Imagine if our healthcare and social service systems were able to seamlessly coordinate care around all of our physical, behavioral, and social health needs. Back in...
"We have no room."
That’s what the staff of Central Arizona Shelter Services say to hundreds of people experiencing housing issues or homelessness every month. The waitlist for their family emergency shelter had more than 100 families on it at one point last year.
I was recently in Arizona to run the 2020 Humana Rock n’ Roll Marathon. The mountain views are beautiful, and the weather conditions were hard to beat in comparison to Massachusetts. After returning home, I remembered an interaction I had with a local police officer.
With 25,000 attendees at the race, I was pleased to see a strong police presence at the event. While waiting for the race to start, the police officer asked where I was traveling from and what I do for work. When I explained the social determinants of health we at ACT.md are working to address, he immediately related and went on to inform me of some local statistics.
“Three homeless people died in Arizona this weekend, and my brother-in-law, who is a police officer in LA County, told me this morning that nine homeless people died in his community the same weekend.”
I carried the weight of this conversation with me throughout the race and across the finish line. Back at my hotel room, I tried to find mention of these tragedies on the local news broadcasts and publications, but to my dismay found nothing. The hype of the event may have overshadowed the impact of these collective twelve nameless individuals, as I sadly could not locate any community action.
RELATED TOPIC: How one California county is tackling poverty differently
Here at ACT.md, I work with a team of experts who were hired because they are not only strategic thinkers, but they are also empathetic people. Our team is responsible for helping to initiate SDOH projects in communities across the country. We do this by assisting communities in mobilizing and starting to take action around challenges like homelessness. As Poverty Awareness Month comes to a close, I thought I would ask a couple of our leaders to share their thoughts on what this work means to them, and where we hope to make a difference in 2020.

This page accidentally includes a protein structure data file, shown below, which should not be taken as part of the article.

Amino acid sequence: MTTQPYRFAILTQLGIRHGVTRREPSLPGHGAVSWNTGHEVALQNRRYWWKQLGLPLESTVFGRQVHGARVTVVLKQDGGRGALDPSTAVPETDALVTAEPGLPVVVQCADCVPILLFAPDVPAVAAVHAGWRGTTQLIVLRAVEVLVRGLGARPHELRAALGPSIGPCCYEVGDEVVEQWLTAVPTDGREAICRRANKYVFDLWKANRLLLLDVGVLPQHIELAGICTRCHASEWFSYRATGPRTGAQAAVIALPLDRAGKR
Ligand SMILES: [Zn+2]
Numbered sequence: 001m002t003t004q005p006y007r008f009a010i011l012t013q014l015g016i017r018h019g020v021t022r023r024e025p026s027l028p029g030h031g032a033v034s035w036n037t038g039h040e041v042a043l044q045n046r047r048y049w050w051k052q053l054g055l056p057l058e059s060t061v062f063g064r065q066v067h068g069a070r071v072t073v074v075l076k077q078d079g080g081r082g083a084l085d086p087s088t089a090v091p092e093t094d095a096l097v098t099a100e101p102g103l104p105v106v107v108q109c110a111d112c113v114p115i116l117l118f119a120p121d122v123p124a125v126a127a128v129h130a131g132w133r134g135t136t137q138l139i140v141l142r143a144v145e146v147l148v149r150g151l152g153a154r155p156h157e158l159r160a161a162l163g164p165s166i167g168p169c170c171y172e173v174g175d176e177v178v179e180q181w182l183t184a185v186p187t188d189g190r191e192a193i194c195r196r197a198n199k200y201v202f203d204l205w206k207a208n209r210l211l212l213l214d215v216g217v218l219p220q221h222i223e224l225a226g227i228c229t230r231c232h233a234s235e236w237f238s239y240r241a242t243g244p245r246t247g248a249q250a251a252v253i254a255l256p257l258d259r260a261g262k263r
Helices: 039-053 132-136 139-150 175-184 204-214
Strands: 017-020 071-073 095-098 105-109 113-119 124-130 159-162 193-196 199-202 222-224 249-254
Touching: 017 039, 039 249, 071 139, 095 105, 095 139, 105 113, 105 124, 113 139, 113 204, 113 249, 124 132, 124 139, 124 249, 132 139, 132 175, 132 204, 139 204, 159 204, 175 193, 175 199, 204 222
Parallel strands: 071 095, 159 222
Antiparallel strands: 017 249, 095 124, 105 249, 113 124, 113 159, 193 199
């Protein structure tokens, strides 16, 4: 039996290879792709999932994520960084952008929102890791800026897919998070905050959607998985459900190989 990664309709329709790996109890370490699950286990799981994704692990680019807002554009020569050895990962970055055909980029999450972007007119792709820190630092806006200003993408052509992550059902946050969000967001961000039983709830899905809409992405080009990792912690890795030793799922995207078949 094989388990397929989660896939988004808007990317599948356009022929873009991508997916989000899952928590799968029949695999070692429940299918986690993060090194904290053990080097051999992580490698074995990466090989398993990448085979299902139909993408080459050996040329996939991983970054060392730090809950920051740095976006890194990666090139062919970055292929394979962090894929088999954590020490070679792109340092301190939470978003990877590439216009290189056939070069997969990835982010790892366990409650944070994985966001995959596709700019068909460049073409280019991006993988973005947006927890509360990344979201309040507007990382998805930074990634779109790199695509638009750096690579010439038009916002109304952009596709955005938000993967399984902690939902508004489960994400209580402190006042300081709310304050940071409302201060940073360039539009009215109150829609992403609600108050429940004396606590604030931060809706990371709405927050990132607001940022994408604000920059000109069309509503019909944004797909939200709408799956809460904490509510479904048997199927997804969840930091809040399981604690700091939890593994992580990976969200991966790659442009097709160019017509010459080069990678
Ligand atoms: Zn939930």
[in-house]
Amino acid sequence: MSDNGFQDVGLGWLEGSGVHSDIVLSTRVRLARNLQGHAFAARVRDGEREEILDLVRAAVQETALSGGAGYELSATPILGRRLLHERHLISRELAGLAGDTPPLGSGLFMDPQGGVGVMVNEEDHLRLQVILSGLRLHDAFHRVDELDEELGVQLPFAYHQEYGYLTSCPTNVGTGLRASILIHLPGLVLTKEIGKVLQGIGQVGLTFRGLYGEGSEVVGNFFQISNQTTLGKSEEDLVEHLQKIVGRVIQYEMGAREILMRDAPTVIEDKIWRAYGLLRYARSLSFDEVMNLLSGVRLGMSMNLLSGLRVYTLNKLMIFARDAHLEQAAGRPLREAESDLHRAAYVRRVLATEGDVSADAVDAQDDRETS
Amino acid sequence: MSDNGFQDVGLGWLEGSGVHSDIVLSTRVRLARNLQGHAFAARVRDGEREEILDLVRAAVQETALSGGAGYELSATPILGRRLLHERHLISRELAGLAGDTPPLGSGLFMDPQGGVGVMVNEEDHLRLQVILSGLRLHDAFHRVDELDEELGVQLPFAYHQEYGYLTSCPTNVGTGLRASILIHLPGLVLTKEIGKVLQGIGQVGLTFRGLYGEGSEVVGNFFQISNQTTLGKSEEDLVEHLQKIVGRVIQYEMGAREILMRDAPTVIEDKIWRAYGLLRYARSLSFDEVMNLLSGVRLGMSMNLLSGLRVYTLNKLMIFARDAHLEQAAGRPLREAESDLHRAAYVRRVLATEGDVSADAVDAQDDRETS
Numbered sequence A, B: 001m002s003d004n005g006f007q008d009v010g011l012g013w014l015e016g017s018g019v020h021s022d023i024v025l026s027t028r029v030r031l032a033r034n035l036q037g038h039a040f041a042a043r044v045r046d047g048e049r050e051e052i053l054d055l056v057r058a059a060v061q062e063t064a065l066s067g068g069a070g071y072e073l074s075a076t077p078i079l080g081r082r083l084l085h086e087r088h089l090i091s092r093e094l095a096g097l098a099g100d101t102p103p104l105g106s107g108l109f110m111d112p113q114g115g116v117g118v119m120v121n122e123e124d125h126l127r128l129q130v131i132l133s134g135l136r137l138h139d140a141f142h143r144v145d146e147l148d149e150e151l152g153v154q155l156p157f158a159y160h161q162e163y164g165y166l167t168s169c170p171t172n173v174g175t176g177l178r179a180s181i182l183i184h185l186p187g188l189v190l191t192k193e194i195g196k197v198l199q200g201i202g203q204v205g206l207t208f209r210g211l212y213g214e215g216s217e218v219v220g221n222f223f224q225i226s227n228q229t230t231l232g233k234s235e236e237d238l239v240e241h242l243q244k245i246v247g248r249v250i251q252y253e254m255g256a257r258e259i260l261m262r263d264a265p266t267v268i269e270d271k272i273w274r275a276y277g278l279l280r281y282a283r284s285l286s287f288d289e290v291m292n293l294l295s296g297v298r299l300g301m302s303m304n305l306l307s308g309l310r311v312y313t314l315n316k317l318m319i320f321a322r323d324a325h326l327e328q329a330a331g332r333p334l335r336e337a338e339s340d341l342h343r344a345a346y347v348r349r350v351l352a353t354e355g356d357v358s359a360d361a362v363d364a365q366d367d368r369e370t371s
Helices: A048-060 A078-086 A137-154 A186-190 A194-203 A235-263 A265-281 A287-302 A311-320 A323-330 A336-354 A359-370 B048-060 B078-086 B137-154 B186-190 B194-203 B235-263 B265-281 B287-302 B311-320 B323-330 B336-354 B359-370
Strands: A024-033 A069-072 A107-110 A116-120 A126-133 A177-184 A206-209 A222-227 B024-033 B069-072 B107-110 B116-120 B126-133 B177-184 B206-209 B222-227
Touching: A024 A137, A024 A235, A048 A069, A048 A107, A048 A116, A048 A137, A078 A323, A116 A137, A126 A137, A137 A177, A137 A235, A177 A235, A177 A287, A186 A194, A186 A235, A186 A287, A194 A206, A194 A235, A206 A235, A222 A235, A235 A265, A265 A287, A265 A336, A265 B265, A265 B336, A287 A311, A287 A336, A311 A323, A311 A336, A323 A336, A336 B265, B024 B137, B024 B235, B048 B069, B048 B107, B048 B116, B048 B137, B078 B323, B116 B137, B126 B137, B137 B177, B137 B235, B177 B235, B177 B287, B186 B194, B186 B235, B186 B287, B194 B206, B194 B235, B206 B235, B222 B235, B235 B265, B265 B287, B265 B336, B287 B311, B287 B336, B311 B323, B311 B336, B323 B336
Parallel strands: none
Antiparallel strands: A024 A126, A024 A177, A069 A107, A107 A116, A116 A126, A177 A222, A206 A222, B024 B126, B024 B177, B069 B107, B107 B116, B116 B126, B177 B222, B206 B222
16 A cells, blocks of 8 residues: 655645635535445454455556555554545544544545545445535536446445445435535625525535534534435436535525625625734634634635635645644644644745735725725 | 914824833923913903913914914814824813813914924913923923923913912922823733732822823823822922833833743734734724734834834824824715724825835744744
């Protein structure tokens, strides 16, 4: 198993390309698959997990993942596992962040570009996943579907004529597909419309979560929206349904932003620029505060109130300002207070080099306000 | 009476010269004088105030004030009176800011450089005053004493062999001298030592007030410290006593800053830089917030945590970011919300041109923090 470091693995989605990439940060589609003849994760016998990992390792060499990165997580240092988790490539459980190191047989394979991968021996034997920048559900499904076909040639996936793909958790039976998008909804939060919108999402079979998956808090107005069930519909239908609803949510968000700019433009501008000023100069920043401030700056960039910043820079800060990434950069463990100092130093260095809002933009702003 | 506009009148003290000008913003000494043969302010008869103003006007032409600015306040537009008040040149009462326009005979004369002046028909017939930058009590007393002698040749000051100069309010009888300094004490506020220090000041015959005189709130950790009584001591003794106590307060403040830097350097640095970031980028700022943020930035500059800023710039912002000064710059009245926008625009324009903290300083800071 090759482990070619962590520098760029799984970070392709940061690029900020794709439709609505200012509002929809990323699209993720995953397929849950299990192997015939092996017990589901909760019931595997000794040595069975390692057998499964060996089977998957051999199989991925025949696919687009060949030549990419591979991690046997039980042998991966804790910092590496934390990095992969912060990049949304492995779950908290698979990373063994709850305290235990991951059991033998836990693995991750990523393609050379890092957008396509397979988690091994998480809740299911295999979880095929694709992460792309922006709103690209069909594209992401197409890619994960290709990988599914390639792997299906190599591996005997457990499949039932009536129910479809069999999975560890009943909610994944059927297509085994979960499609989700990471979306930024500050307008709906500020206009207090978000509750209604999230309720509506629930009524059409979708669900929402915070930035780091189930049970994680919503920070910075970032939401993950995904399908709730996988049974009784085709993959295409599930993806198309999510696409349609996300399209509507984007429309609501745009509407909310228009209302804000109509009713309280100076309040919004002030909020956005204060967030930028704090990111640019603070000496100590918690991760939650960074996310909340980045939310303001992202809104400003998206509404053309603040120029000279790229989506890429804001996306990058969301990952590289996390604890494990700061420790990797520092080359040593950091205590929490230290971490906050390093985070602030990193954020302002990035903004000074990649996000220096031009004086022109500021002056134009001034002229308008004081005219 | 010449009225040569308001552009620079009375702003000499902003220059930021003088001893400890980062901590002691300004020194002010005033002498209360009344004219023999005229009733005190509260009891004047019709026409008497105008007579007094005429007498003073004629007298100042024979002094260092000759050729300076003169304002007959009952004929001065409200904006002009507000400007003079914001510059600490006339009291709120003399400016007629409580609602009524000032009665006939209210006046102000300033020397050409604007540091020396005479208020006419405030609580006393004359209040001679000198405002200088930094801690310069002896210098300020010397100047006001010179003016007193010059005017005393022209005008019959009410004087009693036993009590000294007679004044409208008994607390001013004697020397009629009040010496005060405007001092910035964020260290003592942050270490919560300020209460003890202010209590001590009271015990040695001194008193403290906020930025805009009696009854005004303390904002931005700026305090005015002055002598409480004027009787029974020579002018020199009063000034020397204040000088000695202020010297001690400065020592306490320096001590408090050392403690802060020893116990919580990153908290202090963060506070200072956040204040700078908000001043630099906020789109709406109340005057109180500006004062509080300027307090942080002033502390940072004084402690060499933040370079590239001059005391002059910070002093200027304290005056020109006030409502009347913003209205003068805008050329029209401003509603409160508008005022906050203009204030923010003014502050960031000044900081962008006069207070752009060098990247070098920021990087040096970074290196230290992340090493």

Senior Market Director - San Diego, CA
"Here in San Diego, affordable housing is a huge issue, and the homelessness crisis reflects that fact. Our county has the 4th highest rate of homelessness in the country. New research shows that people who are lucky enough to overcome homelessness in San Diego County return to the streets within six months at a higher rate than in other West Coast cities. I hope that more communities will learn from the success of Marin County and Humboldt County, where successful interventions have been put into place leveraging our innovative technology to help reduce homelessness rates by up to 30%, and reducing utilization of other services like emergency departments, 911 teams, and crisis units. CA State Governor Newsom said the state is stepping up its efforts to help California cities and counties address homelessness. He has released $650 million in California Access to Housing and Services funds, with $42 million coming to the San Diego region this month. Of that, he said $22.5 million would go to the city of San Diego, $8.9 million to San Diego County, and $10.9 million to the Regional Task Force on the Homeless."
Market Director - Boston, MA
"Over the past few months, we have been working with nonprofits and healthcare systems across Massachusetts to design and prototype technical solutions for communities that want to do more to address the social determinants of health. Healthcare reform is the main driver of this effort. As in many states, policymakers in Massachusetts recognize the important role that social and economic factors such as housing, healthy food, and income play in a 'whole person' approach to health care. This year, Medicaid is investing millions in connecting the healthcare system to the local social services providers that can address these needs. We’re always looking for new partners to join us in our SDOH Alliance, so get in touch if you would like to learn more."
Homelessness and poverty are social problems that can be solved
Seeing the devastation and strain on our disconnected systems first-hand is itself something that is hard to bear. Every day, I work with a team of talented individuals who are trying to create a solution. ACT.md’s CareHub works directly with communities and organizations seeking to address our social determinants of health, bringing whole person care to the surface in truly meaningful ways.